The presence of extraneous oil in a drilling fluid has in the past frequently presented an almost insurmountable difficulty in conducting any worthwhile determination of gas in the mud. Since it is unlikely that any significant logical to base the interpretation of significant hydrocarthe desired operating temperature being easily controlled by the amount of current passing through the filament or wire. It is, of course, well known that a higher temperature is required to effect the combustion of methane than is required to burn theheavier hydrocarbons of the.

methane series. By utilizing this difference in combustion temperatures of. the various hydrocarbons and operating the hot-wire detector at differenttemperatures, it is thus readily possible to detect the relative amounts of all bydrocarbons as a group and the relative amounts of all hydrocarbons j otherf than methane. as a second group u t present in a gas stream or sample. The difference between these two values will give anindication of {the relative amountjofmethane present. 1 i

wherconventional water basefluids are used in carryink buss drillingoperatiom'the hot-wire gasdetector as bons on the variations in the relative amount of methane detected. Unfortunately, the method of determining methane by computing the difference between total hydrocarbons as indicated by the hot-wire detector when it is operated at a high temperature and the value obtained when it is operated at a somewhat lower temperature to detect all hydrocarbons other than methane breaks down giving completely unreliable indications when methane makes up only a very small fraction of the hydrocarbons present, such as would be the case where a large proportion of heavy hydrocarbons are present as the result of extraneous oil being present in the mud. Nor is it possible to successfully eliminate the heavier hydro carbons by passing the gas stream over a series of hotwire gas detectors operated at various temperatures be cause due to the relatively small catalytic surface area of the hot-wire it quickly develops localized hot spots when a large volume of gaseous hydrocarbons is passed over it.

Attempts at catalytic combustion using catalysts chosen at random have not given useableresults, because when the temperature of the catalyst is maintained low enough so that none of the methane is combusted, then the combustion of the heavier hydrocarbons is incomplete; On the other hand, if the temperature is raised high enough to insure complete combustion of the heavier hydrocar: bons thensubstantial proportions of the methane are like wise combusted. This condition makes .it impossible to effect a clean separation between these in. order to accomplish the end result desired An object of this invention is to provide a method of pre-treatment of a gas mixture for hot-wire methane detection which enables all hydrogens and hydrocarbons heavier than methane to be selectively removed without removingany of the methane.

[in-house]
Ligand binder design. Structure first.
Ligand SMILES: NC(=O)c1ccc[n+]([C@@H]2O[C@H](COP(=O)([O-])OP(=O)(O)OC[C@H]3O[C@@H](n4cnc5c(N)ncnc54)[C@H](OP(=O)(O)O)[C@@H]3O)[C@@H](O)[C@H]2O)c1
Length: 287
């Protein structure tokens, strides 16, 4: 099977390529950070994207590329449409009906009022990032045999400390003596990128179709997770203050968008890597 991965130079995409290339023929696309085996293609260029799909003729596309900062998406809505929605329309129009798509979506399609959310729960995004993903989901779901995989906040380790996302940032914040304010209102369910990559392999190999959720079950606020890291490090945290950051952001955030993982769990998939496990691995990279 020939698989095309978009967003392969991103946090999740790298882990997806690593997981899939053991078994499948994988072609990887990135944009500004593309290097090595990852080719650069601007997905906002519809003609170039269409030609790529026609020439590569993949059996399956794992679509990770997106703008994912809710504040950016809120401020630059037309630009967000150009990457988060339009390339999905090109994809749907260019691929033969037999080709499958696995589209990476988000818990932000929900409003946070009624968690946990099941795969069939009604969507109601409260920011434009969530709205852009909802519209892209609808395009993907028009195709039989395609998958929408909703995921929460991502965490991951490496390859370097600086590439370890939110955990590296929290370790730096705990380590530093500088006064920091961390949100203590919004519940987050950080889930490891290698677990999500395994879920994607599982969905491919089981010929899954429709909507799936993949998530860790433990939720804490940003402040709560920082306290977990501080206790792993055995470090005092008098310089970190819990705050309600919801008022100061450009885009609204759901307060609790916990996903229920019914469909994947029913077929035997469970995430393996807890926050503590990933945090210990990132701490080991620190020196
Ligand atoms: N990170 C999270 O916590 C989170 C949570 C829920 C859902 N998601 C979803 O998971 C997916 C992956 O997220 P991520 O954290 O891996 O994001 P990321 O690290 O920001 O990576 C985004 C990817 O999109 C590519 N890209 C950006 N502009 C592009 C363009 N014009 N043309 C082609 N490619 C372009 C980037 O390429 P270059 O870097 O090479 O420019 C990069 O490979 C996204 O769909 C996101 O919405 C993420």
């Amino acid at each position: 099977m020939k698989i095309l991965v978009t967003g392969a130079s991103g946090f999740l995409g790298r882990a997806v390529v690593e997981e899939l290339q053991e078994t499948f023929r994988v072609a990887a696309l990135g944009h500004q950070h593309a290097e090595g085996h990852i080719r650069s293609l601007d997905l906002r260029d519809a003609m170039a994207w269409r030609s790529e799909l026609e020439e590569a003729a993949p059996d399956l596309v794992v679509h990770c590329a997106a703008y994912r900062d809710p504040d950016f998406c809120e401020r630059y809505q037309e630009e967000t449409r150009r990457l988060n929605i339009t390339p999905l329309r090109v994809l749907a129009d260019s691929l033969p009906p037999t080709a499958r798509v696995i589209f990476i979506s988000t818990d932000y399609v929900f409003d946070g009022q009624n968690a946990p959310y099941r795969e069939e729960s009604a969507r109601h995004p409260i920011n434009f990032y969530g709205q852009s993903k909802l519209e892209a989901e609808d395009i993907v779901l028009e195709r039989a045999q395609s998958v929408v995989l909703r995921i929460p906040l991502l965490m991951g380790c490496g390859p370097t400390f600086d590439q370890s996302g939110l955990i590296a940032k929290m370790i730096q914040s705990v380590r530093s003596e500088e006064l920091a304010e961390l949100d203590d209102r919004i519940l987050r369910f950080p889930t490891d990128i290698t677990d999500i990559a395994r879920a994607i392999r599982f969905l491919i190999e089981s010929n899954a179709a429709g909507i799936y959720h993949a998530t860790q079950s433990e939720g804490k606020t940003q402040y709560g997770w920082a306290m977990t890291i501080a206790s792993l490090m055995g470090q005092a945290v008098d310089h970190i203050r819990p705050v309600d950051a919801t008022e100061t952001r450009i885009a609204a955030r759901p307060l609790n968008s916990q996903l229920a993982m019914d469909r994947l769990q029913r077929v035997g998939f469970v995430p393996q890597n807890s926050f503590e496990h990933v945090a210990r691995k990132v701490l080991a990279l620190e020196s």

A further object of thisaiinvention is to provide a Patented May 9, 1961 3 method of obtaining improved mud analysis logs in the presence of extraneous hydrocarbons.

Another object of this invention is to enable gaseous hydrocarbon logging to-becarried out completely automatically without the need for the services of an operator even when oil emulsion muds are, used.

Another object of this invention is to enable methane shows to be detected in the presence of what would normally be an overwhelming quantity of heavier hydrocarbons.

Another object of this invention is to provide a means of successfully carrying out mud analysis logging in the presence of oil emulsion drilling fluids.

Another object of the invention is to enable gaseous hydrocarbon detection'to be carried out successfully following the spotting of oil in the hole to free stuck drill pipe, or following a drill-stem test.

- In the drawings,

Figure 1 is an elevational view partly in section of a catalyst device in accordance with the invention, showing diagrammatically the relationship to the gas trap on the well'and a hot-wire gas detector.

Figure 2 is a horizontal section through the device of Figure -1, takenat the level indicated in Figure 1.